On Saturday evening, the midwife at the labour ward encouraged me to come in for an assessment, probably earlier than I would have done otherwise. So when we were greeted by a lovely registrar and midwife with a cup of tea/water at around 11pm, I was 7-8cm dilated with the cervix starting to efface.
The senior midwife introduced herself to chat about my birth plan which I considered a rough guide to communicate my wishes. She, too, discussed with me the possibility of interventions if they were required. To me, above all, the health of my baby and me was paramount, so should the team have recommended I would have wholeheartedly gone with their assessment of the situation to make optimal use of their skills in a potentially tricky situation. They knew and respected my wish to stay upright with minimal interference as long as labour progressed well - and I knew that they would not have suggested it unnecessarily. I also got a little pep-talk - in a nutshell - it will be fine!
When we were transferred to a bigger room, my waters broke. I was connected to the wireless telemetry unit to monitor the baby and my contractions. I found the whooshing of the baby's heart quite calming and we were left to settle with my midwife. The clocks changed to summer time. At around 3.15, I started to find it harder to cope with the contractions and used Entonox. As the baby’s head became visible, the midwife went to get the team. I was facing away from the doors, on my knees, completely unaware who was standing behind me. To me, it felt like being in a bubble with the registrar, senior midwife, midwife and husband. I moved positions a few times, and at some point, there was this familiar feeling, there was the bottom and the legs, the arms and with the next contraction the head, a wriggle and a cry.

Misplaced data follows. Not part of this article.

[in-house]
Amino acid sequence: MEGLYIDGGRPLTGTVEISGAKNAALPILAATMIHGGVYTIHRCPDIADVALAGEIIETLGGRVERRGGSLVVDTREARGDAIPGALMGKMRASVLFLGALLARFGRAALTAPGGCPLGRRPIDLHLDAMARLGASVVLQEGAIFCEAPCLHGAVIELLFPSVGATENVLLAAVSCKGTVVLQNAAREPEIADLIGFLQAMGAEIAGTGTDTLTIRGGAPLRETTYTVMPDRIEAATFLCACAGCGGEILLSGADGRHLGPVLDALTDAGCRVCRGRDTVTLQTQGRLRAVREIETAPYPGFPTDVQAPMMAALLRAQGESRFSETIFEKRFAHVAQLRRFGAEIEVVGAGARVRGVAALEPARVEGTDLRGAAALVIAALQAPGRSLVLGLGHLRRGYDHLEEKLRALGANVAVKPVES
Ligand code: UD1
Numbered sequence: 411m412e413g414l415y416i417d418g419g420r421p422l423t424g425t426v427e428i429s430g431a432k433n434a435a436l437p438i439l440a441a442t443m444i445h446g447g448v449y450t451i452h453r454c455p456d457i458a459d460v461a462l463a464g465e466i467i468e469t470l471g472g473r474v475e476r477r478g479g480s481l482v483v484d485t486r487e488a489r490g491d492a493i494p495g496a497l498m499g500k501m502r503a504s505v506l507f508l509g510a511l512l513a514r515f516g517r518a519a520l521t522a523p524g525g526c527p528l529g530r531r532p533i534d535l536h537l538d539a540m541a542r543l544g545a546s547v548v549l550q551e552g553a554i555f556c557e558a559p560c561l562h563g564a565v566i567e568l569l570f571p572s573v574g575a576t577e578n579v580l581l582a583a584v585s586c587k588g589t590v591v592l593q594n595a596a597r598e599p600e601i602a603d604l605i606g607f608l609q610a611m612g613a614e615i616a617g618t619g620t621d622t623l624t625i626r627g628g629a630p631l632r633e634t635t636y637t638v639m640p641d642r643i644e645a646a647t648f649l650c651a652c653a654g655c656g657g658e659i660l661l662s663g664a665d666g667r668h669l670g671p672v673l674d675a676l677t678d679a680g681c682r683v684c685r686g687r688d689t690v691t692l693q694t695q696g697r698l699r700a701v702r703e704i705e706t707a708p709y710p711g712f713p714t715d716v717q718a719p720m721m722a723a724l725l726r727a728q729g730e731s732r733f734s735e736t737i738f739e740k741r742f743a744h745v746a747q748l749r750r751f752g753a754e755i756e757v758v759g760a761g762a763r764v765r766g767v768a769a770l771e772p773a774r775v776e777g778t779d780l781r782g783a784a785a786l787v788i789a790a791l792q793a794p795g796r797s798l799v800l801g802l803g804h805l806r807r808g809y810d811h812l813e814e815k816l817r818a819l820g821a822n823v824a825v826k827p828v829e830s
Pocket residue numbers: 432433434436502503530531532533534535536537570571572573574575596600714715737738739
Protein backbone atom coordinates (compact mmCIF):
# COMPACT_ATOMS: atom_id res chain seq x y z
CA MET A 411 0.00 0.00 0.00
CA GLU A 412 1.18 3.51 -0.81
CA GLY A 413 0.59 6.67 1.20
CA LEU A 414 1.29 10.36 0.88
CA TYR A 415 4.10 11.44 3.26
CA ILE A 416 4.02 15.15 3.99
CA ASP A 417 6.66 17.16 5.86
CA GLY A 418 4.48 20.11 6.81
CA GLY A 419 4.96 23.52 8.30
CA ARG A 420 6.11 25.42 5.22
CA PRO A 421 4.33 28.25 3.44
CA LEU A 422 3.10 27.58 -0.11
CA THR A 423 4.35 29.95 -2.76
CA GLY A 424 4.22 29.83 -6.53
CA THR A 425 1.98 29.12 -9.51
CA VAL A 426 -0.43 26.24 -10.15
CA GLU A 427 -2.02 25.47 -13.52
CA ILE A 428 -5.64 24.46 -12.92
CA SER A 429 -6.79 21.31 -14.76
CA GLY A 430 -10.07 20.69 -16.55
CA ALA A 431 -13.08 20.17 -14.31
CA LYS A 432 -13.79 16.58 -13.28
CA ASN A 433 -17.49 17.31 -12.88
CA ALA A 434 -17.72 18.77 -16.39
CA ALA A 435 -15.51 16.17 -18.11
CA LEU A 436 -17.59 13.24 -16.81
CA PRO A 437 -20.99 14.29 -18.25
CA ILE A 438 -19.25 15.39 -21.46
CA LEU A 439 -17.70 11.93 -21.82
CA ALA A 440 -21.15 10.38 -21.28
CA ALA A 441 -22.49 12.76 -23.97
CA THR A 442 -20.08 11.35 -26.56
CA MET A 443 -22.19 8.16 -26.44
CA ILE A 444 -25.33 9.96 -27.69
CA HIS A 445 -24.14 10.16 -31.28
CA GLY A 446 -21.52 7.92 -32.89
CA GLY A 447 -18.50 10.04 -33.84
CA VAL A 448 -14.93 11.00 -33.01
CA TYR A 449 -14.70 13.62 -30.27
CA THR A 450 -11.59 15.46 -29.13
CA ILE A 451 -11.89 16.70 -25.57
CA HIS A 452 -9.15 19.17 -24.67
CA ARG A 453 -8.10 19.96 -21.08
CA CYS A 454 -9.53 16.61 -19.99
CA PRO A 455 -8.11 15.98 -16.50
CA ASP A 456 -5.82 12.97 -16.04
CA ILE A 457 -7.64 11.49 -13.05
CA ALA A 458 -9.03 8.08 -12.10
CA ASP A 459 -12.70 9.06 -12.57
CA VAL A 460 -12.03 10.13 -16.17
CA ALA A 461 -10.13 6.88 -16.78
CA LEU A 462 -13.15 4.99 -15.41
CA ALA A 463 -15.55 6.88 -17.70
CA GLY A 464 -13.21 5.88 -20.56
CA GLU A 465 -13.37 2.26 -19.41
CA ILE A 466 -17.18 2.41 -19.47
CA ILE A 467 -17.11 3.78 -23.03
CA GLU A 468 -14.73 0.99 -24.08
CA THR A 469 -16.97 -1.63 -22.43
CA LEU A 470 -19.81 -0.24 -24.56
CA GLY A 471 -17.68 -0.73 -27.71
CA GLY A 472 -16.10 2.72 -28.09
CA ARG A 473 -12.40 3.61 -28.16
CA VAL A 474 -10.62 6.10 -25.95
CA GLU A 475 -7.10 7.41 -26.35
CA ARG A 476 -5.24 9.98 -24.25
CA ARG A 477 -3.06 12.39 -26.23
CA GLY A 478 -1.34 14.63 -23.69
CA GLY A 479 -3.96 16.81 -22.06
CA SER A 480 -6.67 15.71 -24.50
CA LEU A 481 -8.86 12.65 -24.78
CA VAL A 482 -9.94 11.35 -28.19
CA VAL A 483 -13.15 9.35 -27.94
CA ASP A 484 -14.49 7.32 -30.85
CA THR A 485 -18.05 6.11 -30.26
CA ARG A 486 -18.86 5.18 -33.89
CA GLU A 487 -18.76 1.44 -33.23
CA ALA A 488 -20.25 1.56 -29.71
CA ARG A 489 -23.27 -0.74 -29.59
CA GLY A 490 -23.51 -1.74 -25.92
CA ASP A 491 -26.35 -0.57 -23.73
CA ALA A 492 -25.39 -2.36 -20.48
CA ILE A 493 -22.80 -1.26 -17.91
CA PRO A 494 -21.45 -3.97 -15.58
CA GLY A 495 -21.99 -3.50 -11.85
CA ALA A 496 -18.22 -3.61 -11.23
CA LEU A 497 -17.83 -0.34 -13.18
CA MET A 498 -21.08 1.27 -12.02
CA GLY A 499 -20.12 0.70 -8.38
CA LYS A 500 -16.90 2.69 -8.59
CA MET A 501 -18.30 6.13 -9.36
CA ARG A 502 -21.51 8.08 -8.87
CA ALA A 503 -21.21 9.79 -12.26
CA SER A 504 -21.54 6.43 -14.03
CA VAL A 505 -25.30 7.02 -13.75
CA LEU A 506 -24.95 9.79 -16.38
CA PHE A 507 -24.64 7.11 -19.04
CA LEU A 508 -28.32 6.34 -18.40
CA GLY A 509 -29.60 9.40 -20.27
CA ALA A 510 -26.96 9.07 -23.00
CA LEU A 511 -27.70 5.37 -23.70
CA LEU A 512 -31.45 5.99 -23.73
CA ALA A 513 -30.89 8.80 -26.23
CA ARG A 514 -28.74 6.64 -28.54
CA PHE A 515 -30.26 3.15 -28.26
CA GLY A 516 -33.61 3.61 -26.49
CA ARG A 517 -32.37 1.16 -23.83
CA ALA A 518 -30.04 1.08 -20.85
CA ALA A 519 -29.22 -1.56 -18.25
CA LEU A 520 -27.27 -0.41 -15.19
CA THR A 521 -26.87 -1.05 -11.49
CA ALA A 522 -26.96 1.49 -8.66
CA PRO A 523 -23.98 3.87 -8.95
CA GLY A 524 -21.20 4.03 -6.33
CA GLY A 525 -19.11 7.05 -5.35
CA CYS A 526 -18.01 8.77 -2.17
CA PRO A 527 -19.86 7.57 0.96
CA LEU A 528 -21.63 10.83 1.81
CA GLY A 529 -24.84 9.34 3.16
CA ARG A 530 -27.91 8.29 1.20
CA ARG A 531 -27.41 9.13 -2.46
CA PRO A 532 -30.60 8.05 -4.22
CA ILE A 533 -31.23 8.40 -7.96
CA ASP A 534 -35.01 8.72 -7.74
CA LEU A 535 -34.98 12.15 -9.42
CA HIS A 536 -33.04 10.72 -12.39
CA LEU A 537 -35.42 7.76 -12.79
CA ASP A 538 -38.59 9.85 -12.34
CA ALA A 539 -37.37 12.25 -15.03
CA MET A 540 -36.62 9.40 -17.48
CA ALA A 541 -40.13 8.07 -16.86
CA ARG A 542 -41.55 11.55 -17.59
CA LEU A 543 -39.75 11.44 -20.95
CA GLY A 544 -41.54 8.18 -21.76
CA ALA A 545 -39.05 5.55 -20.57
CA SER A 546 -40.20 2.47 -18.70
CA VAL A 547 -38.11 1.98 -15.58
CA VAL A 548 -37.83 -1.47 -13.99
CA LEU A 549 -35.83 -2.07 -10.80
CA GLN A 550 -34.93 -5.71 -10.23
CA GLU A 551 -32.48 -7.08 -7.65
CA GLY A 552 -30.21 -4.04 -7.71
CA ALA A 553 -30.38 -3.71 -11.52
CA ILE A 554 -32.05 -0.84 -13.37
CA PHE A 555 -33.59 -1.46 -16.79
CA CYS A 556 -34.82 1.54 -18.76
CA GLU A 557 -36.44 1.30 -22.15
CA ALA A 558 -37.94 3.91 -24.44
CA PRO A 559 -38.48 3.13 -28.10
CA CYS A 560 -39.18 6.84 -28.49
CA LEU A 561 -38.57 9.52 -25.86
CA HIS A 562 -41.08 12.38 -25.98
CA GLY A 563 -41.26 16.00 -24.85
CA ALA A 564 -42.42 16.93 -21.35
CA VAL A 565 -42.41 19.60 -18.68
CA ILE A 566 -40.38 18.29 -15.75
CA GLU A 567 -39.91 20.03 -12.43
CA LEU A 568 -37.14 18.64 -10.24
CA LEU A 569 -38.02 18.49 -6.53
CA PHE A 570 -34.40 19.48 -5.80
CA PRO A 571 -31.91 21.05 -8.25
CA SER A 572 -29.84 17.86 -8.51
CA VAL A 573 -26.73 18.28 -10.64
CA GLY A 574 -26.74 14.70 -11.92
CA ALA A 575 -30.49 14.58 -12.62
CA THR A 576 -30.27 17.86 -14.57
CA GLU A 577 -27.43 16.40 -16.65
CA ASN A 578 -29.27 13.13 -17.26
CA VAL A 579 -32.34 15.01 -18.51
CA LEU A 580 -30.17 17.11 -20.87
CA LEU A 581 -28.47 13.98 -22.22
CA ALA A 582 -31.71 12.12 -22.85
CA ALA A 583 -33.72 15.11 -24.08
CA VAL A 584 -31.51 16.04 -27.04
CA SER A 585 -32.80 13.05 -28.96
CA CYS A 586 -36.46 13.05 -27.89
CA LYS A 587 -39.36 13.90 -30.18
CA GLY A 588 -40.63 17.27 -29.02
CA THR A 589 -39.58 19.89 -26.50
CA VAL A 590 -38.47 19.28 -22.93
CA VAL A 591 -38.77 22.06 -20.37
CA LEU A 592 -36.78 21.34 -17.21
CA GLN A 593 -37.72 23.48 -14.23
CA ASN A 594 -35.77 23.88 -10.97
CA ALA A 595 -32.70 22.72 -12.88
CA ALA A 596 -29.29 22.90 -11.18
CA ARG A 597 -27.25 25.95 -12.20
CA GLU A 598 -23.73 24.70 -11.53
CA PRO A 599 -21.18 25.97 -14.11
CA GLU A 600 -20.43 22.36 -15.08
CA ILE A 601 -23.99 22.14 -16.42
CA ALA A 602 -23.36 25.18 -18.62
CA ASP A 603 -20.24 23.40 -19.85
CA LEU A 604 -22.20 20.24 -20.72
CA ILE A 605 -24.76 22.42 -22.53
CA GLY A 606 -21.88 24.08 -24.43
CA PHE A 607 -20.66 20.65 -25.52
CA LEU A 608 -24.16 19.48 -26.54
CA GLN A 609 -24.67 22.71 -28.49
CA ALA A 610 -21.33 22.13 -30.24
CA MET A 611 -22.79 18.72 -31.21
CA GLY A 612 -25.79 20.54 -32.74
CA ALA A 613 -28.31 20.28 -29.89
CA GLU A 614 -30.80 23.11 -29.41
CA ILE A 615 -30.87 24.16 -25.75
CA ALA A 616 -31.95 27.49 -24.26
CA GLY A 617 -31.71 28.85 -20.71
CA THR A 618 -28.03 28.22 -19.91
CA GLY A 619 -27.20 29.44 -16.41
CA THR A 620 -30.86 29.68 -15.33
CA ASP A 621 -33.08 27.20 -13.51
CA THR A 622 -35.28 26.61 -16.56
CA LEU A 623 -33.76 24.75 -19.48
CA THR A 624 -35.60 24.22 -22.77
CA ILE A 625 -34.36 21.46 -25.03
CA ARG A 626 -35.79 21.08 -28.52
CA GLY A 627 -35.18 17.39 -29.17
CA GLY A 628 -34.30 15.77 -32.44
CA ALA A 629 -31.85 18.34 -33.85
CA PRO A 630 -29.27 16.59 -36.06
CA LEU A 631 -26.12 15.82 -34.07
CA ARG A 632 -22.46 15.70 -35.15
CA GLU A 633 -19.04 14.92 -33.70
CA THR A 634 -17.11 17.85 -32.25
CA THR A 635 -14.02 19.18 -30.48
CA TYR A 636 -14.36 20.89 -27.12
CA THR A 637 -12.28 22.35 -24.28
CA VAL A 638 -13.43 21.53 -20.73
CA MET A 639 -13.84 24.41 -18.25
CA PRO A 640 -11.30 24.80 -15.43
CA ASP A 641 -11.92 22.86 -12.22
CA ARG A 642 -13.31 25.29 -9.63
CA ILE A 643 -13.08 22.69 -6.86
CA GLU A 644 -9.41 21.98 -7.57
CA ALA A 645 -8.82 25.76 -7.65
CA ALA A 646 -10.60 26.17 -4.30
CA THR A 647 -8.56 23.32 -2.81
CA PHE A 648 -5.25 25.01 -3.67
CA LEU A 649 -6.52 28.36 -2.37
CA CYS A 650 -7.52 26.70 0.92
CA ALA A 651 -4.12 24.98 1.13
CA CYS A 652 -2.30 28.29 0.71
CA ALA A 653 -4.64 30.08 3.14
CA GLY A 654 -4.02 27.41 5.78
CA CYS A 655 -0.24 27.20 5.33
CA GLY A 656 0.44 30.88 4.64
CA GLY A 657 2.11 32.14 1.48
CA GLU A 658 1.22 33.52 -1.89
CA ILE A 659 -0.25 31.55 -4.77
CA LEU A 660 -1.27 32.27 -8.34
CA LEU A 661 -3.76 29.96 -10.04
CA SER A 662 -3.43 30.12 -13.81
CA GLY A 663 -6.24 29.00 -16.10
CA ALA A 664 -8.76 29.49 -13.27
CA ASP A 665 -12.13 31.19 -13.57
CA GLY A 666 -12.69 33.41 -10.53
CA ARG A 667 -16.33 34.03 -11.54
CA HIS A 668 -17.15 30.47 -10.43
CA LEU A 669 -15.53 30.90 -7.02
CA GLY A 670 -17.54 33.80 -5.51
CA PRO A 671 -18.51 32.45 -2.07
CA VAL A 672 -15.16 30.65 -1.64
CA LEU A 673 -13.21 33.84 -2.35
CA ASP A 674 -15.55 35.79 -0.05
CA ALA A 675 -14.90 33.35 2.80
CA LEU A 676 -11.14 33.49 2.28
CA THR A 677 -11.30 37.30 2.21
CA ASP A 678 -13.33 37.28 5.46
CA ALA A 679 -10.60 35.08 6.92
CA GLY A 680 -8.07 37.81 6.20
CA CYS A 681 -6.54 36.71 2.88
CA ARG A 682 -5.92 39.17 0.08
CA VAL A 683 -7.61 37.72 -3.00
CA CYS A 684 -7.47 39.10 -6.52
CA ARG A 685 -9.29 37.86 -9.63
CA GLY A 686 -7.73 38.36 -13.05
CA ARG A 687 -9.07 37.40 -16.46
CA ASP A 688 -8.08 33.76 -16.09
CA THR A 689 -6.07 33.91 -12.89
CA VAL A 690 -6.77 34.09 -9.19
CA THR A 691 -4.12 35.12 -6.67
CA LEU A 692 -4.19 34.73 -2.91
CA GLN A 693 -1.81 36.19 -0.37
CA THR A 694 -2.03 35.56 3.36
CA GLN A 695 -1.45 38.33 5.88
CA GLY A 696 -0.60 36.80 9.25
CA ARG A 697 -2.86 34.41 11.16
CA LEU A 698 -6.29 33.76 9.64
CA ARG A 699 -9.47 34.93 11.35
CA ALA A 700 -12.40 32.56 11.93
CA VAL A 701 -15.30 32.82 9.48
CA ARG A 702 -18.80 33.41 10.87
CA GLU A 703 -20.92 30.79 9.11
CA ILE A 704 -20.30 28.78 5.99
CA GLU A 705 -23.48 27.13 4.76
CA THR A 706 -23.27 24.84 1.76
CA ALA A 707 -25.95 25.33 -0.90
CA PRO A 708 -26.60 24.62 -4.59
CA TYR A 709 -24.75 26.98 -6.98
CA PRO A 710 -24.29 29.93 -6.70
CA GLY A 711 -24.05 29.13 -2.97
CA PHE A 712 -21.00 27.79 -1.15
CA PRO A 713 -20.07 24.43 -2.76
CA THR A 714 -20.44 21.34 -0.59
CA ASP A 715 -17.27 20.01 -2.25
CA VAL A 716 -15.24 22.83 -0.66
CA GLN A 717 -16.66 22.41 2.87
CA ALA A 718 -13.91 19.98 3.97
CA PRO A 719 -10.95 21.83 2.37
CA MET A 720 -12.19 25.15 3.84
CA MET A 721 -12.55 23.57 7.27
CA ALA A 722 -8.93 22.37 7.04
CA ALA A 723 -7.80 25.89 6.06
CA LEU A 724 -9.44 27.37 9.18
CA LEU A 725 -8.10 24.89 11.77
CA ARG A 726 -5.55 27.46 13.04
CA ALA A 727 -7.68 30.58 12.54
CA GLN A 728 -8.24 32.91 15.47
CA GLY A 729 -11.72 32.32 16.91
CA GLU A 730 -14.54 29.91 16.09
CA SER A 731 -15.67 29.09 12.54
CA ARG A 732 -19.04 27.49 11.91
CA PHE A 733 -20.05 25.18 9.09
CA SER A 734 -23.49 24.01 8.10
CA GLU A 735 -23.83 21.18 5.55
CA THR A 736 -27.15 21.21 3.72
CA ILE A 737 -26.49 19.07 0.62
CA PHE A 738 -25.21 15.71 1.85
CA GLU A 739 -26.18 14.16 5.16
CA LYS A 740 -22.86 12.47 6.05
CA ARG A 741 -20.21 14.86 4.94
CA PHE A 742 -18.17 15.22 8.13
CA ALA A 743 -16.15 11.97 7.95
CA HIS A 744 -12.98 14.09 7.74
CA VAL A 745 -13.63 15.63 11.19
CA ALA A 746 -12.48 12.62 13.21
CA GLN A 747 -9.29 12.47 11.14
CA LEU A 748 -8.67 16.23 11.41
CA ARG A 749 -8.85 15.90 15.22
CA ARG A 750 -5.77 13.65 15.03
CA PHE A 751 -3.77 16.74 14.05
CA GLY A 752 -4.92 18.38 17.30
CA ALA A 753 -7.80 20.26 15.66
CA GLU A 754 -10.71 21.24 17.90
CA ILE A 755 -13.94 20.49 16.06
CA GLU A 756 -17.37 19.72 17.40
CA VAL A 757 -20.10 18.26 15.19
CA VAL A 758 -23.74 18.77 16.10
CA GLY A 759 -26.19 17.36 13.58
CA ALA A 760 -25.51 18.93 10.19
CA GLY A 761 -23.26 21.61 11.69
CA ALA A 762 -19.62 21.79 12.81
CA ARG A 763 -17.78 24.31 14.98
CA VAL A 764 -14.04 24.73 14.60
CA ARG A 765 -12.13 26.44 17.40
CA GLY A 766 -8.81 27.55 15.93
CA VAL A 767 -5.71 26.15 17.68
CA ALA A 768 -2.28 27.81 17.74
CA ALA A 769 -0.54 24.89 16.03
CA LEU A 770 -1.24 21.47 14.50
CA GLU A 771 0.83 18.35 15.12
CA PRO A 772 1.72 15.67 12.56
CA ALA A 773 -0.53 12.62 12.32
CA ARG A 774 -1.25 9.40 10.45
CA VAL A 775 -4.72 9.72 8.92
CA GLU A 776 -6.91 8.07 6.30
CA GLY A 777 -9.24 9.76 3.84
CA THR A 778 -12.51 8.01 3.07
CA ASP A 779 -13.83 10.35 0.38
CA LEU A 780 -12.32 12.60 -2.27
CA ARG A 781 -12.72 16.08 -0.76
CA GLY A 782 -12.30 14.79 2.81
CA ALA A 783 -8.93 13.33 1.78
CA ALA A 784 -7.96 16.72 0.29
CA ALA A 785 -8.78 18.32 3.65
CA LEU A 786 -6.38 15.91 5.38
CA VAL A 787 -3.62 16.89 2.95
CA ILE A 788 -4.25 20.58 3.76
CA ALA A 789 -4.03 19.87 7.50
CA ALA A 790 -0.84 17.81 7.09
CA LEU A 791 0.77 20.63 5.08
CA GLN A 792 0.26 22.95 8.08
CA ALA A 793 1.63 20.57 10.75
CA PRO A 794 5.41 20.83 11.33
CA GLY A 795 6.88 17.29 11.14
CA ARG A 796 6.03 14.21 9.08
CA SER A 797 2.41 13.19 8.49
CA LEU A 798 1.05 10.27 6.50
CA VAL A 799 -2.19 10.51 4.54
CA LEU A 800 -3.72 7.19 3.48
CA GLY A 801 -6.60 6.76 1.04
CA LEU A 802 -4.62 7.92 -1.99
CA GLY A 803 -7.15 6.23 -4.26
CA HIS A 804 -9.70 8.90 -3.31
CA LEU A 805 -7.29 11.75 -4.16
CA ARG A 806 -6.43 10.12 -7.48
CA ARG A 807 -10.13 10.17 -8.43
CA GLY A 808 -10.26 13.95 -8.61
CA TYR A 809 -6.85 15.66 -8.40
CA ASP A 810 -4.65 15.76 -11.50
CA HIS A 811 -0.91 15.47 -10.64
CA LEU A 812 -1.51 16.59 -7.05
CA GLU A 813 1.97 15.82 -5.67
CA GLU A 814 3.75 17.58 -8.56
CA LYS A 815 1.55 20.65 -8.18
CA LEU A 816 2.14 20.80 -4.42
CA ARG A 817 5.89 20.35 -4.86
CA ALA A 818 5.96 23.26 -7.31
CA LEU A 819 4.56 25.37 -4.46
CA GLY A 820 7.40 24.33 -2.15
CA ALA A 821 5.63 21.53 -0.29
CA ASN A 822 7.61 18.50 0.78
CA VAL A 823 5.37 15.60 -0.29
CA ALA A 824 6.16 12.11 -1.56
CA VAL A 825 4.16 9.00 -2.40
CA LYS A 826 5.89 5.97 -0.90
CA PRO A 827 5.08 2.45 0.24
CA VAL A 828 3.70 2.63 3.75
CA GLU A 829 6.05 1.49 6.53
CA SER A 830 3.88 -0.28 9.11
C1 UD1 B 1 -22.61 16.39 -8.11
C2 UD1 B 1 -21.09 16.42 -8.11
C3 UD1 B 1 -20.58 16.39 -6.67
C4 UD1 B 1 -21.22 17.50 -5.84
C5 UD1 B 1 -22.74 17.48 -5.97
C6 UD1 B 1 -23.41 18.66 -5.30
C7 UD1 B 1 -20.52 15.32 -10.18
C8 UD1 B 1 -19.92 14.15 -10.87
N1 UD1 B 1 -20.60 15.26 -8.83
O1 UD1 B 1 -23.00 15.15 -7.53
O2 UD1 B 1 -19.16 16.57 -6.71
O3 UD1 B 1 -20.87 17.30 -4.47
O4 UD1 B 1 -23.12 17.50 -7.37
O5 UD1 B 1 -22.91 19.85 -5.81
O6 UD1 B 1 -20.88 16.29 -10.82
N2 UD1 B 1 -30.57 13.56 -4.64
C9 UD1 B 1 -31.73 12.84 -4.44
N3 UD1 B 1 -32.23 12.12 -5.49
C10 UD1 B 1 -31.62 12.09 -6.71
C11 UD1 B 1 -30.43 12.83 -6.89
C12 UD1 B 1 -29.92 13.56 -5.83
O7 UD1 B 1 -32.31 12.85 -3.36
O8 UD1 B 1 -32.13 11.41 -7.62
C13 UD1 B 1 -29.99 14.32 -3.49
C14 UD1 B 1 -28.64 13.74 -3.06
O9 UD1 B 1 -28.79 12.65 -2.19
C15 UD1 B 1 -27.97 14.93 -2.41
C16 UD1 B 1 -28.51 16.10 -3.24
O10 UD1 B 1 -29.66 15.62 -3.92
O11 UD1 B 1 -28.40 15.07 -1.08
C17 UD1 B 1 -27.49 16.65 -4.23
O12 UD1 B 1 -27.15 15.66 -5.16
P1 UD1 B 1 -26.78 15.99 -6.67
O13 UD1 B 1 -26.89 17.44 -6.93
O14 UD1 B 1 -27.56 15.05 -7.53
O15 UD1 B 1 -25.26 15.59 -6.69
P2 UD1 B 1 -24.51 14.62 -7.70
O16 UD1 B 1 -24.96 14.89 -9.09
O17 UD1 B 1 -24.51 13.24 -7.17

Only then I realised how much subconscious anxiety and immense pressure I had been under. Never in my life, have I been as relieved as at this moment in time.
Baby boy was examined and had lovely APGAR scores straight away (another sense of relief) and got the hang of breastfeeding very quickly.
I am so grateful to everybody around me, Karin, her trust in nature and support in finding your way, and the amazing team at the RD&E for taking time to communicate and respecting my wishes and concerns and seeing me repeatedly to discuss things again.
“I decided to have some zero balancing sessions after having had my baby through emergency c-section following a long and difficult labour. The birth experience left me feeling fragile and I struggled to think about it without becoming emotional. I found that Karin's zero balancing session helped me work through this experience. The sessions left me feeling calm and relaxed and after a couple of sessions I felt much stronger in myself, both emotionally and physically. I now also feel much more positive about the birth and able to think about it in a more balanced and measured way.It seems to me that the zero balancing sessions have played a big part in getting me to this point."